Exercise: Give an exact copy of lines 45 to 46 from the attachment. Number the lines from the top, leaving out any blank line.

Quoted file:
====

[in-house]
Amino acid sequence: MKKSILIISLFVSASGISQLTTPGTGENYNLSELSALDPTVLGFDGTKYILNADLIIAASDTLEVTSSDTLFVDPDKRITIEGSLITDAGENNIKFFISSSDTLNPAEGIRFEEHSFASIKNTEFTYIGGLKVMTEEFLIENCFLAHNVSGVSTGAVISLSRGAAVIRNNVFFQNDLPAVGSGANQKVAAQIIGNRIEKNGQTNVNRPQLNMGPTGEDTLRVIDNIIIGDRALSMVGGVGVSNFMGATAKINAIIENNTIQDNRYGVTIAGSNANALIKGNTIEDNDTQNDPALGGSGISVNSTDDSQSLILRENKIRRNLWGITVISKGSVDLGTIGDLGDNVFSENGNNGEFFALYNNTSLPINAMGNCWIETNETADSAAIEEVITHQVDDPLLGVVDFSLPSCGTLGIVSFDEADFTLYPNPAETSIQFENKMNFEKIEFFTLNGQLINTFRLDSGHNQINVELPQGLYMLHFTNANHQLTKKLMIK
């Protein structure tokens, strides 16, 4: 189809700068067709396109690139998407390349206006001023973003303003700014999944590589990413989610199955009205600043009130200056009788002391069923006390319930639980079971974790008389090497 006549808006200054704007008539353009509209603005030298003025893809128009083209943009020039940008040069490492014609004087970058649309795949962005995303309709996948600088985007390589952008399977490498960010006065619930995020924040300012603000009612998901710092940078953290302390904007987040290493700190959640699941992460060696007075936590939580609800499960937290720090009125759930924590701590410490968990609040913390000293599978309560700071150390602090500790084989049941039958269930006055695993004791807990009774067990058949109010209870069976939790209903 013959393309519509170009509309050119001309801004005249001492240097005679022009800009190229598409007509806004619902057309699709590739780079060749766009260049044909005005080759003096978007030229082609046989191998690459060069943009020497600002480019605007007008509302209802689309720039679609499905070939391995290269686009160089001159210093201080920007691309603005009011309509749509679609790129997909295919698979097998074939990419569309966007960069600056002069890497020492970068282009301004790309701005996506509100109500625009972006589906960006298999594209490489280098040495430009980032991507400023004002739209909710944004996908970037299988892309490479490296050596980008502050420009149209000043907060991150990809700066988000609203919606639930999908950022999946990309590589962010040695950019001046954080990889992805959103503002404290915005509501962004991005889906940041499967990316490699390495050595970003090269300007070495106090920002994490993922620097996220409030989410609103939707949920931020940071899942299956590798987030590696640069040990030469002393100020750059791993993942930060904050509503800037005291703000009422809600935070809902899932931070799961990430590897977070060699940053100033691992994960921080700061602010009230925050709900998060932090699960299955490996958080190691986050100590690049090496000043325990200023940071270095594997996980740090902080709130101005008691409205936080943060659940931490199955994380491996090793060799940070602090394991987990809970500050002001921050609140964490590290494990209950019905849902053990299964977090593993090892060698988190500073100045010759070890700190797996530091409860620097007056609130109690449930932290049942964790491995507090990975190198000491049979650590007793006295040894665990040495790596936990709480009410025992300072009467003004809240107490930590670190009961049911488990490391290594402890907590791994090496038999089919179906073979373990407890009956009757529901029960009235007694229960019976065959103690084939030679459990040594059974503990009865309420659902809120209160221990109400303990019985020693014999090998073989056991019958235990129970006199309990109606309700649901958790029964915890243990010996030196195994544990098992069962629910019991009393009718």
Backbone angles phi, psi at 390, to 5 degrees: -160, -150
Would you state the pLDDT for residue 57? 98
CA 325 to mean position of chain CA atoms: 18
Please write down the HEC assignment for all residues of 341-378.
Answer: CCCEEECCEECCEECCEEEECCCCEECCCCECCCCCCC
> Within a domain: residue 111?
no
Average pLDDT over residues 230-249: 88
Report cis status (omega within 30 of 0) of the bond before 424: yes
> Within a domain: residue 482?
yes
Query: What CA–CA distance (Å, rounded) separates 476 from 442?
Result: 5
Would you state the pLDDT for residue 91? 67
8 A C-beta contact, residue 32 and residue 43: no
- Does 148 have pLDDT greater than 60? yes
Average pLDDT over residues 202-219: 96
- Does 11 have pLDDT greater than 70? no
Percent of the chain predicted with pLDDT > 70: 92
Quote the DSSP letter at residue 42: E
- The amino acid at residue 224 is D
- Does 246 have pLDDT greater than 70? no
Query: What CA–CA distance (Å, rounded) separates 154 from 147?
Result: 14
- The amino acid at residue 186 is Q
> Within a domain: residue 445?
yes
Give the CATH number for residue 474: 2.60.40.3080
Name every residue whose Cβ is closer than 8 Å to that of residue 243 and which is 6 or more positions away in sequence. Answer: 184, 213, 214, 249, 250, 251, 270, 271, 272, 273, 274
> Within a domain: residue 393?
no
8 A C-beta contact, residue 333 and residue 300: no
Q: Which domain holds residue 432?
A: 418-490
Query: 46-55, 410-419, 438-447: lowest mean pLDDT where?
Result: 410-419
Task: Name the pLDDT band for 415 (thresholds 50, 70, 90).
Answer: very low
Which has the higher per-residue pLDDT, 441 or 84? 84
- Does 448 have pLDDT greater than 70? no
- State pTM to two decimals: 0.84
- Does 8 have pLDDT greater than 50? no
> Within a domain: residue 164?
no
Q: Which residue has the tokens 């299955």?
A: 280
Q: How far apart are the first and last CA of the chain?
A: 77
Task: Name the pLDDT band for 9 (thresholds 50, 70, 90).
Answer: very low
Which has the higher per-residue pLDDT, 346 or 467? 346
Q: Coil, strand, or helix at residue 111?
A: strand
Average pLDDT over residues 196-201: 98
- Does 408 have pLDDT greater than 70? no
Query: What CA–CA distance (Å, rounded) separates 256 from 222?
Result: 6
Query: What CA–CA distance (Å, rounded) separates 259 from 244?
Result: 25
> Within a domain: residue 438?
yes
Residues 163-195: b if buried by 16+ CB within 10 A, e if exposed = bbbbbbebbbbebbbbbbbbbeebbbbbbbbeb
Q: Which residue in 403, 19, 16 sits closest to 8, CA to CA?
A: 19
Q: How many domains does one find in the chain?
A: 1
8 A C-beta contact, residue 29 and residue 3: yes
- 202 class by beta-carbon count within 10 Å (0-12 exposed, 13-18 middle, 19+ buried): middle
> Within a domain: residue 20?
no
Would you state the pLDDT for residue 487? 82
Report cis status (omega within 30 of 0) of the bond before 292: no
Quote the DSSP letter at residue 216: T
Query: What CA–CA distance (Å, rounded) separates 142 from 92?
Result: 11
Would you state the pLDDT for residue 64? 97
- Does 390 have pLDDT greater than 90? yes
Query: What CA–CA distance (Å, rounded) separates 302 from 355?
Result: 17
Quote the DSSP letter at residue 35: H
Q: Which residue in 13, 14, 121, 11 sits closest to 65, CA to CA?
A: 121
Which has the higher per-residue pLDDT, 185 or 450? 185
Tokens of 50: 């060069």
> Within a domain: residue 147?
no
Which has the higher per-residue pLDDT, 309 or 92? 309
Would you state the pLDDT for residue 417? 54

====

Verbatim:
- Does 8 have pLDDT greater than 50? no
> Within a domain: residue 164?